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Abel and Cole introduce eco-labels for fruit and vegetables that detail supply chain impacts

Abel and Cole announced that the new eco-labelling would be introduced on products and would be graded from A+ to G based on carbon emissions, water usage and pollution and biodiversity loss.

The retailer has partnered with the same team at Oxford University that introduced the nutritional traffic light system to food products. The labelling will account for each stage of the supply chain and impact is weighted differently for certain products. For example, farming contributes more to the final score than any other stage, given that is where most of a product’s impact happens.


Abel and Cole’s sustainable sourcing manager Ed Ayton, said: ‘We know it can be difficult to tell how sustainable something actually is. Often, that kind of information just isn’t shown on the packaging, so customers are left making decisions without all the facts.


“If biodiversity impact was on ingredient lists, every pound would be a vote. Eco-labels like Foundation Earth’s present those facts at a glance, giving customers the knowledge they need to enjoy a more sustainable shop.’


Abel and Cole have already submitted the data for 87 of its fruit and veggie lines to the Foundation Earth eco-label team.


There are currently 456 eco labels in use around the world, but Foundation Earth – an independent non-profit organisation – is aiming to unite the food industry behind a single labelling system that uses lifecycle assessments.


Eco-labelling era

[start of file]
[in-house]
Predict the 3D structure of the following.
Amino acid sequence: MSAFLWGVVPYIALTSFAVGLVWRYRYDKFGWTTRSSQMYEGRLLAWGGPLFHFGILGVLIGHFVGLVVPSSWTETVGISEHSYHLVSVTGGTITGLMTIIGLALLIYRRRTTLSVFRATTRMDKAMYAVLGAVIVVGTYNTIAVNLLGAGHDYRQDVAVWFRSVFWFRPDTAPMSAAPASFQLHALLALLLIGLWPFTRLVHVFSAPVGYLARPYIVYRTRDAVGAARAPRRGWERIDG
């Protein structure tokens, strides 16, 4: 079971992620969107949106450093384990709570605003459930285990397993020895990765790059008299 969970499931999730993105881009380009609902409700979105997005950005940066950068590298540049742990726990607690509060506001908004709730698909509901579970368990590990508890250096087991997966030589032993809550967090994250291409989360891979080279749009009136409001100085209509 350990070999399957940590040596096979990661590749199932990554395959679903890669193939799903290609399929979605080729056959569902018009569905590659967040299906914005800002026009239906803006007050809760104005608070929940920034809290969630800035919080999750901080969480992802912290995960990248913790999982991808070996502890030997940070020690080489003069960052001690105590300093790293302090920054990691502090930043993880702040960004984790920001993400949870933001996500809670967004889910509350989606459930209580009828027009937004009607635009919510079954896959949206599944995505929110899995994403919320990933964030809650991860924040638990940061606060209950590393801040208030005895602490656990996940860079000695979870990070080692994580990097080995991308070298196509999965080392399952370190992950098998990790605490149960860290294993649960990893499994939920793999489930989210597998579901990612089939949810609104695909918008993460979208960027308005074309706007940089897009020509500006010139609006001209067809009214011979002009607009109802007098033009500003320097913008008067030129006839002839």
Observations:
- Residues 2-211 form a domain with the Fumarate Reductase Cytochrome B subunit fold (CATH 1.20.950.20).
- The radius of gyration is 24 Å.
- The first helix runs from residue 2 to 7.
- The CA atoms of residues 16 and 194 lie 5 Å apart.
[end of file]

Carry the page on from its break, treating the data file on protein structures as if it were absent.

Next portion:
A survey from the Carbon Trust asked 10,000 consumers across France, Germany, Italy, the Netherlands, Spain, Sweden, the UK and the US for their take on carbon labelling on groceries. 51% admitted that they did not think about the carbon impact of products when making choices at the supermarket, but more than two-thirds said they would support carbon labelling. Most of this cohort said such labels would encourage them to change their purchasing choices.


Some brands sold in supermarkets have added carbon labels to their packaging, including Flora’s parent company Upfield, energy drink challenger Tenzing, Quorn Foods and plant-based milk brand Oatly.


The practice of carbon labelling is also becoming increasingly popular for catering firms with contracts with some of the UK’s most popular sports and music events and tourist attractions, like Benugo and Compass Group.


Eco-labelling was also one of the key recommendations from Chris Skidmore’s Net-Zero Review. The Review, published last month, sets out more than 120 recommendations for policy recommendations to deliver a more ‘pro-growth, pro-business’ pathway to net-zero by 2050. While many recommendations relate to energy and industrial infrastructure, Skidmore also accounts for the need to better engage and inform the general public, flagged by the Public Accounts Committee.


One engagement-related recommendation is the implementation of standardized environmental labelling on as many product categories as possible by 2025. This includes ecolabels on things like lightbulbs, which the Government is keen on, and on consumer goods including food and drink.


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